The apartments are reserved for seniors (age 55 and up) and 43 units are designated low income ($45,000 is the upper income limit). The other six units can be rented at market rate.

On the third floor there are some apartments, but the main feature here is the community room created in the former gym, where the painted lines (and home plate) remain painted on the floor.

Community roomX
Third floor corridorX

I should mention that the original hardwood floors remain throughout the building: in the hallways, in the stairwells, in the apartments and most strikingly in the community room, which has a kitchenette, some exercise equipment and offices for social services and the building manager.

There will be a library and computer room, too.


The developers – Heartland Housing and Community First Milwaukee – also kept original door frames and handcrafted built-in cabinets, though they’re not always in their original positions due to the shift in the floor plans when carving classrooms into apartments.

A large, especially stunning built-in that had been in the kindergarten room is now a main feature in the community room.

Old entranceX

Some other touches survive, too, like rows of coat hooks.

Because the project utilized historic tax credits, the plan had to be vetted by the National Parks Service, which typically requires as much of the building’s original detail as possible to be maintained.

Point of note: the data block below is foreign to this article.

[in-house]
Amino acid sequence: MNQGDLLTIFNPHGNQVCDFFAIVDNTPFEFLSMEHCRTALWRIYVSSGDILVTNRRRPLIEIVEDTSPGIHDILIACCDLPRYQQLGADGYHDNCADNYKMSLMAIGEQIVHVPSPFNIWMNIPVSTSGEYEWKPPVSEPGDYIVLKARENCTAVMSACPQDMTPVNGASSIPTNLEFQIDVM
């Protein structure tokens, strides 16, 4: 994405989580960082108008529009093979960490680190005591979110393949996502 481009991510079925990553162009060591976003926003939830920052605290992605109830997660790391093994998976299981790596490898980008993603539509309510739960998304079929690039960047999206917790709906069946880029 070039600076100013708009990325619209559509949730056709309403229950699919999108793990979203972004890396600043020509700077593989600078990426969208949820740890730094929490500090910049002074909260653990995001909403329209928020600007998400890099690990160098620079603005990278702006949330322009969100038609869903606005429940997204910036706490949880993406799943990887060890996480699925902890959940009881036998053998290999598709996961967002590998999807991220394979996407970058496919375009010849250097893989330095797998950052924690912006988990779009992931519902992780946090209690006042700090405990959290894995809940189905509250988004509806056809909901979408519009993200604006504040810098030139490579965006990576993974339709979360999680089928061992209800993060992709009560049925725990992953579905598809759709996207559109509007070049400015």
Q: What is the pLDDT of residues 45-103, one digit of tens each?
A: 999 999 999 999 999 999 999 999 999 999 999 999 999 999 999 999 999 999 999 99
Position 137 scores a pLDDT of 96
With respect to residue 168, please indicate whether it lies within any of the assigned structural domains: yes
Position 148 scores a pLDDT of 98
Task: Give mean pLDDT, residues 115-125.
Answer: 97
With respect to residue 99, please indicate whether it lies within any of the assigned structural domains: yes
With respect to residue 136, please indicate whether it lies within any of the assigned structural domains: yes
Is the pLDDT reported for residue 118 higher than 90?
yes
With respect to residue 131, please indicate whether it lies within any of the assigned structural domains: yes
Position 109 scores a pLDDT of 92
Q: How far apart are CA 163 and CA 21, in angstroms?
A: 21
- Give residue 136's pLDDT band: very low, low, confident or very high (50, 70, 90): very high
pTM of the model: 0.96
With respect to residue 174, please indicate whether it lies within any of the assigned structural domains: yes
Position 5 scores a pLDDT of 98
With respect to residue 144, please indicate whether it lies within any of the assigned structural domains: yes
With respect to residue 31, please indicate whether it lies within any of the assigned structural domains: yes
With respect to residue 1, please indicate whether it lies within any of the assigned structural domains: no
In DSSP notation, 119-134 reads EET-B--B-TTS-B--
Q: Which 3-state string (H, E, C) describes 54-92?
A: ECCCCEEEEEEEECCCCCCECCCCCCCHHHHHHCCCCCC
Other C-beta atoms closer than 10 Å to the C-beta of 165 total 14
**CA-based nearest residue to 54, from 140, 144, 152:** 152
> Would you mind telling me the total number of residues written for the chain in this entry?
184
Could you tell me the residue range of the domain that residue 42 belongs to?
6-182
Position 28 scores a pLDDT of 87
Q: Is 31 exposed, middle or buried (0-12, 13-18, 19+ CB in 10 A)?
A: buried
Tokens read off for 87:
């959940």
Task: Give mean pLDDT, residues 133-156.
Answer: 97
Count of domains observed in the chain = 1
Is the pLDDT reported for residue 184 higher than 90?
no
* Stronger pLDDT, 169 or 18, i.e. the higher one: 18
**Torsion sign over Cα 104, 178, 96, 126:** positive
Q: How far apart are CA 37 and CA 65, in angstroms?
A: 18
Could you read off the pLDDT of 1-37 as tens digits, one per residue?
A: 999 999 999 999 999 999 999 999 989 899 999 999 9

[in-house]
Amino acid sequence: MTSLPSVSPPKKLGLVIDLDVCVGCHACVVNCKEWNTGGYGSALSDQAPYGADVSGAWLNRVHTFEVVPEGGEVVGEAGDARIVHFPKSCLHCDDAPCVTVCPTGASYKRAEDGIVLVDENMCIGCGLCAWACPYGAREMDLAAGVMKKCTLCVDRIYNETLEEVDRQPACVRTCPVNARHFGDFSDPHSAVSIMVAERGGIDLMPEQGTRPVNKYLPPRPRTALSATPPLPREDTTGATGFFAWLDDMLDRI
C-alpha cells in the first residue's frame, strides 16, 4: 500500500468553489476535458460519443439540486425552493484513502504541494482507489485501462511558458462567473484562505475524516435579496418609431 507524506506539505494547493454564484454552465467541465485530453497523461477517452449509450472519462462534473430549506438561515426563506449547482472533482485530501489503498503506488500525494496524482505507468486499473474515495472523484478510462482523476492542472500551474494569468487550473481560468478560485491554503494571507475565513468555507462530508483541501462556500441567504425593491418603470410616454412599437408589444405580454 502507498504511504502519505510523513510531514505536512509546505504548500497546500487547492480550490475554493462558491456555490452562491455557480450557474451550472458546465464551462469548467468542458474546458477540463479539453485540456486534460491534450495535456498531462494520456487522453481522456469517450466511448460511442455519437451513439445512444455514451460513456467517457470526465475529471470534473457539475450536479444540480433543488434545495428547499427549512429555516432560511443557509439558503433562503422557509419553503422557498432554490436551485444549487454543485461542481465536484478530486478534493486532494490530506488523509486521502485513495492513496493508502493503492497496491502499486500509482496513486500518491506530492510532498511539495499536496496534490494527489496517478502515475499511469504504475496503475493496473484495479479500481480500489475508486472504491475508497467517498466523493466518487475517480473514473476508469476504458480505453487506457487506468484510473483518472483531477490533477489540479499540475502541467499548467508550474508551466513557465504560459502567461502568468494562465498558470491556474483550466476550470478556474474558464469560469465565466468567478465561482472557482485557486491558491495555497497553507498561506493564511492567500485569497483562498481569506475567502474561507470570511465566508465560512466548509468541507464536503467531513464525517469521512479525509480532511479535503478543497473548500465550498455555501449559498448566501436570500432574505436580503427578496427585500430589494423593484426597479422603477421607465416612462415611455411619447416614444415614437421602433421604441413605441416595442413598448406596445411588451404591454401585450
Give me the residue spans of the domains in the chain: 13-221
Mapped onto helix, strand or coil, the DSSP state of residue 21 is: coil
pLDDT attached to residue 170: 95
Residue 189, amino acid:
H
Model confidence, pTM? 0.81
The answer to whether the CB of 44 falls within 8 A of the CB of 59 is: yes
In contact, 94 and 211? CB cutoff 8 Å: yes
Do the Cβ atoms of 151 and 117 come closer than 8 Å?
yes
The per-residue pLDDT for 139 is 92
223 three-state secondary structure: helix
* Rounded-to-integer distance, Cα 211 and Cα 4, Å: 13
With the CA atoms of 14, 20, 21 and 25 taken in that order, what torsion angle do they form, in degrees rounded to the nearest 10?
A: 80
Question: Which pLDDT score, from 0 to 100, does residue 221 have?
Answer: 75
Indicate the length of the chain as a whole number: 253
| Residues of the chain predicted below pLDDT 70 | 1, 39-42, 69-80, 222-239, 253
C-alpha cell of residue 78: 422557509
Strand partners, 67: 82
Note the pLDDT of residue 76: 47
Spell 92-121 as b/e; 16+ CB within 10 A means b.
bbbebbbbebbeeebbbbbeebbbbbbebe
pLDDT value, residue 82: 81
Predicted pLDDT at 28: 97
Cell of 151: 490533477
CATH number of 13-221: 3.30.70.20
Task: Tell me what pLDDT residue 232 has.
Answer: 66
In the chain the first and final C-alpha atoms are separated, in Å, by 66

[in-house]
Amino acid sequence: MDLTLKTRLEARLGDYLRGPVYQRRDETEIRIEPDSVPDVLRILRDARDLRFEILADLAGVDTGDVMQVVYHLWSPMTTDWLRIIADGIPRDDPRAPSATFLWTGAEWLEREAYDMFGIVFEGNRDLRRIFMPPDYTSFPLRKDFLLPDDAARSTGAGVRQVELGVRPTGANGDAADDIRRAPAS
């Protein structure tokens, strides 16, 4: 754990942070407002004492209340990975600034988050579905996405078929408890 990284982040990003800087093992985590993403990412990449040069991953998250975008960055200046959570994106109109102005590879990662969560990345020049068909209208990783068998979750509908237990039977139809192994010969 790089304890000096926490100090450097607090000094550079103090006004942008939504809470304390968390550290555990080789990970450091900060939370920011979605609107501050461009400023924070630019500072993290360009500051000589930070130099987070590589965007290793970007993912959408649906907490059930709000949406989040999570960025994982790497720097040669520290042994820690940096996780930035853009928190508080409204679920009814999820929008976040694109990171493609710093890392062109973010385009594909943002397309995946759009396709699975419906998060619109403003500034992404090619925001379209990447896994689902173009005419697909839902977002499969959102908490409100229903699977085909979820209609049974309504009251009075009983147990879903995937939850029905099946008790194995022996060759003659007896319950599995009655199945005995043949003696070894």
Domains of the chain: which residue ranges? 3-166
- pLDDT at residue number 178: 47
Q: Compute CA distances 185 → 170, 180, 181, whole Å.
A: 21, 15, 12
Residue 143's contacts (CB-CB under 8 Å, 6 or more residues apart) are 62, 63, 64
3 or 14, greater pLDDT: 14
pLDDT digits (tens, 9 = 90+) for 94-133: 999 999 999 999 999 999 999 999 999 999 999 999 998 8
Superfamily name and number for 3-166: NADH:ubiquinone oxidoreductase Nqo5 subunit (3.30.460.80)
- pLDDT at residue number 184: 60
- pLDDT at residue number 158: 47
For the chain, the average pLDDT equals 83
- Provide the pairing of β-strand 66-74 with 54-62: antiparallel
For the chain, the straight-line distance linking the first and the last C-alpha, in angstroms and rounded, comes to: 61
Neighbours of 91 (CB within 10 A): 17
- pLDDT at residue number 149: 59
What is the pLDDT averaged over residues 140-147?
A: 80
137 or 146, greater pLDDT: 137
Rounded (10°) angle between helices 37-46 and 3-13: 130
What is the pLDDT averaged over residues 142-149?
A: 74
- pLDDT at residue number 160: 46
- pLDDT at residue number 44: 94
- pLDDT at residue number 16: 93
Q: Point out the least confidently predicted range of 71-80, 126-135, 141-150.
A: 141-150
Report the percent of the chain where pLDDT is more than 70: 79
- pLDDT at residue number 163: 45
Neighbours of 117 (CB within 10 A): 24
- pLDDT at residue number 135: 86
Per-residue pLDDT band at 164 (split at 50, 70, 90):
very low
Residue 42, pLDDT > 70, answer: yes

Thankfully, that has been achieved here. The look and feel of a 118-year-old former schoolhouse that had a long useful life for Milwaukee children has been polished and restored to give it a new useful life for Milwaukee seniors.

Bobby Tanzilo Senior Editor/Writer

Born in Brooklyn, N.Y., where he lived until he was 17, Bobby received his BA-Mass Communications from UWM in 1989 and has lived in Walker's Point, Bay View, Enderis Park, South Milwaukee and on the East Side.

He has published three non-fiction books in Italy – including one about an event in Milwaukee history, which was published in the U.S. in autumn 2010. Four more books, all about Milwaukee, have been published by The History Press.

With his most recent band, The Yell Leaders, Bobby released four LPs and had a songs featured in episodes of TV's "Party of Five" and "Dawson's Creek," and films in Japan, South America and the U.S. The Yell Leaders were named the best unsigned band in their region by VH-1 as part of its Rock Across America 1998 Tour. Most recently, the band contributed tracks to a UK vinyl/CD tribute to the Redskins and collaborated on a track with Italian novelist Enrico Remmert.

He's produced three installments of the "OMCD" series of local music compilations for and in 2007 produced a CD of Italian music and poetry.

In 2005, he was awarded the City of Asti's (Italy) Journalism Prize for his work focusing on that area. He has also won awards from the Milwaukee Press Club.

He can be heard weekly on 88Nine Radio Milwaukee talking about his "Urban Spelunking" series of stories.